The island was built out over the side of the ship, to entirely clear the flight deck, and was not supported by the hull or the hangar side, thus requiring dedicated supports (one of them clearly visible under the island structure). Charger was armed with a single 5"/51 gun, aft, and two single 3"/50s forward (visible here); a light battery of .50-cal machine guns was initially planned, but, as shown, 20-mm machine cannon were mounted instead.

The "X" superimposed on the ship's hull number, aft, indicated that the flight deck was not usable for landings.

Photo by Edward L. Walger PH2 USN, 1942-1945.

Barbara Walger
CVE-30 Charger

"Planes landing, launching, crash, aboard USS Charger" (CVE-30), 21 March 1944.

National Archives at College Park, Motion Pictures, Local Identifier: 428-NPC-1501.

Format: WMV (silent)  Duration: 4' 1"  Size: 640 x 480.

National Archives
CVE-30 Charger

An ASW paint scheme-clad TBF-1 Avenger "in the groove" for landing aboard USS Charger (CVE-30), Chesapeake Bay area, on 22 April 1944. USN, courtesy Russ Egnor.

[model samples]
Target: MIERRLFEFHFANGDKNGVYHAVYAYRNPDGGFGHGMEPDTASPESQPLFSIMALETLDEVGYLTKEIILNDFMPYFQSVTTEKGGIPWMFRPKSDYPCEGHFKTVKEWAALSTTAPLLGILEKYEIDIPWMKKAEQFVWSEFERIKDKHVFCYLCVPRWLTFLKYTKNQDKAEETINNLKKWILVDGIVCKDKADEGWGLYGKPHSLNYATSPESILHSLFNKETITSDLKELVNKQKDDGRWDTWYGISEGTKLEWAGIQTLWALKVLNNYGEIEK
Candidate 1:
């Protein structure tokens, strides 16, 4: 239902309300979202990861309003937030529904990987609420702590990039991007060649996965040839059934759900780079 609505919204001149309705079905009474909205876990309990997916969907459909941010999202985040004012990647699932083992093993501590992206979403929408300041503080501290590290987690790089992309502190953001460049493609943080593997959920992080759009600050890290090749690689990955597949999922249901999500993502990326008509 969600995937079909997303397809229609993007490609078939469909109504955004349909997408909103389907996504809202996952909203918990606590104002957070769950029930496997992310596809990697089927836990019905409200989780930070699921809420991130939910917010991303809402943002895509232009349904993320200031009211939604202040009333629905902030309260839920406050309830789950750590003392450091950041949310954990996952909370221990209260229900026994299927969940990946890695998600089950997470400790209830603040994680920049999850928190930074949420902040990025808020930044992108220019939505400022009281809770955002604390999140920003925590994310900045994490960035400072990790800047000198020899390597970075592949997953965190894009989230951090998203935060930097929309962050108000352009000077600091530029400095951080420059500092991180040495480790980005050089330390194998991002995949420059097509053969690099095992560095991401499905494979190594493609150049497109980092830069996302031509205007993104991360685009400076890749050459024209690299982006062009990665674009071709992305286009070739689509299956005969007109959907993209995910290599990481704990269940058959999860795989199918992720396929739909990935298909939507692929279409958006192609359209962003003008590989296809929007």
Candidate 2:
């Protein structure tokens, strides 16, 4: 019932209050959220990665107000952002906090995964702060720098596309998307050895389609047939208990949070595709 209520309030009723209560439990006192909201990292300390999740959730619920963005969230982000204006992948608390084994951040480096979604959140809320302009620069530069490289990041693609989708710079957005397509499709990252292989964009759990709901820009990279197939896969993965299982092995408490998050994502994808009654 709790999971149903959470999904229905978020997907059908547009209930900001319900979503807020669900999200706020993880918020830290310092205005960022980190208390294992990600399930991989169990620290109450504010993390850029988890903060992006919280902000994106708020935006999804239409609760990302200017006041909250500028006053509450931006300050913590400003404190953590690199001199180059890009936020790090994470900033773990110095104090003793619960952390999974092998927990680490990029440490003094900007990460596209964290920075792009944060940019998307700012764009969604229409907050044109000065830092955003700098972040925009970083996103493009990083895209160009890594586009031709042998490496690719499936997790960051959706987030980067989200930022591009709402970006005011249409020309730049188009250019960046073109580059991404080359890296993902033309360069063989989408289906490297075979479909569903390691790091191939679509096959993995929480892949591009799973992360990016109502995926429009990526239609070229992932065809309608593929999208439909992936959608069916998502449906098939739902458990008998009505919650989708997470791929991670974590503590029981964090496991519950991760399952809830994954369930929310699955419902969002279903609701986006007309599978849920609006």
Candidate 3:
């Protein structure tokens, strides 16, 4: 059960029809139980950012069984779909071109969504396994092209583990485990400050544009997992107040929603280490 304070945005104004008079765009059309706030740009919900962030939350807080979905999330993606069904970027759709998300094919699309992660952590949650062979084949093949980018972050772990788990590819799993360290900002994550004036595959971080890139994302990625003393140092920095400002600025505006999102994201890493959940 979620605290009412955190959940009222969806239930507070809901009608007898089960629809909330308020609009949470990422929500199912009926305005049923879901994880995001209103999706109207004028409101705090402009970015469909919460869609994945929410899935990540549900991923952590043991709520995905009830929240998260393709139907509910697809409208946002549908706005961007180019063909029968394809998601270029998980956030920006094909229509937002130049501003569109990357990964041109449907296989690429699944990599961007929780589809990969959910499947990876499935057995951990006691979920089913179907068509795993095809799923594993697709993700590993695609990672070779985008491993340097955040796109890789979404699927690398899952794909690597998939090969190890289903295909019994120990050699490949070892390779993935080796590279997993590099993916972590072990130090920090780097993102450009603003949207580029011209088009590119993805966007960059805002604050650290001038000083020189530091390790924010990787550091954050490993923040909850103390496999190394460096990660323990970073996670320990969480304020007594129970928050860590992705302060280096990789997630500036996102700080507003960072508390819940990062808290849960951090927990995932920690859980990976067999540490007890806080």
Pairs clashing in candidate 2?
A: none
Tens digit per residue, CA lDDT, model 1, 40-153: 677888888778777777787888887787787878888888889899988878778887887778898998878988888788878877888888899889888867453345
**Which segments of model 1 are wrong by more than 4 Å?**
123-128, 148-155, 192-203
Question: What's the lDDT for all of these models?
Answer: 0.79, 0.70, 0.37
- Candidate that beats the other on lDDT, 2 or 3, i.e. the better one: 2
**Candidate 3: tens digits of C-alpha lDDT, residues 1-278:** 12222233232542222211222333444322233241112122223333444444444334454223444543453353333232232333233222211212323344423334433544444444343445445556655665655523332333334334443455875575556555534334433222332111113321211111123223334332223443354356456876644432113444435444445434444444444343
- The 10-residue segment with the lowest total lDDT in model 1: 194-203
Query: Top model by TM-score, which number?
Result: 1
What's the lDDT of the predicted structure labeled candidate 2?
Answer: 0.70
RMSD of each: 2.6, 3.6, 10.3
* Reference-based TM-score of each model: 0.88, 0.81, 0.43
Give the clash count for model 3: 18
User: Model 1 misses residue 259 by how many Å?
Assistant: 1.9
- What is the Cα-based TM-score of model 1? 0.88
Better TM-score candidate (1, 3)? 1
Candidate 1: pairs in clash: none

Photo and text from Carrier Air War In Original WWII Color, by Robert Lawson and Barrett Tillman.

Robert Hurst
CVE-30 Charger

An FM-2 Wildcat fighter prepares to take off from USS Charger (CVE-30) during training operations in the Chesapeake Bay area, 8 May 1944. Another FM-2 is passing overhead with its tail hook down, apparently having received a "wave-off" due to the carrier's fouled flight deck. Note the light Atlantic area paint schemes worn by these planes.

Official U.S. Navy Photograph, now in the collections of the National Archives (# 80-G-K-1601).

Robert Hurst
CVE-30 Charger

A Grumman F4F Wildcat landing aboard Charger. Taken from a Coast Guard cutter in October 1944.

Photo by Edward L. Walger PH2 USN, 1942-1945.

Barbara Walger
CVE-30 Charger

A Ryan FR-1 Fireball on the catapult of the escort carrier USS Charger (CVE-30) in 1944–46. Note lengthy holdback cable which leads to holdback unit located under cockpit.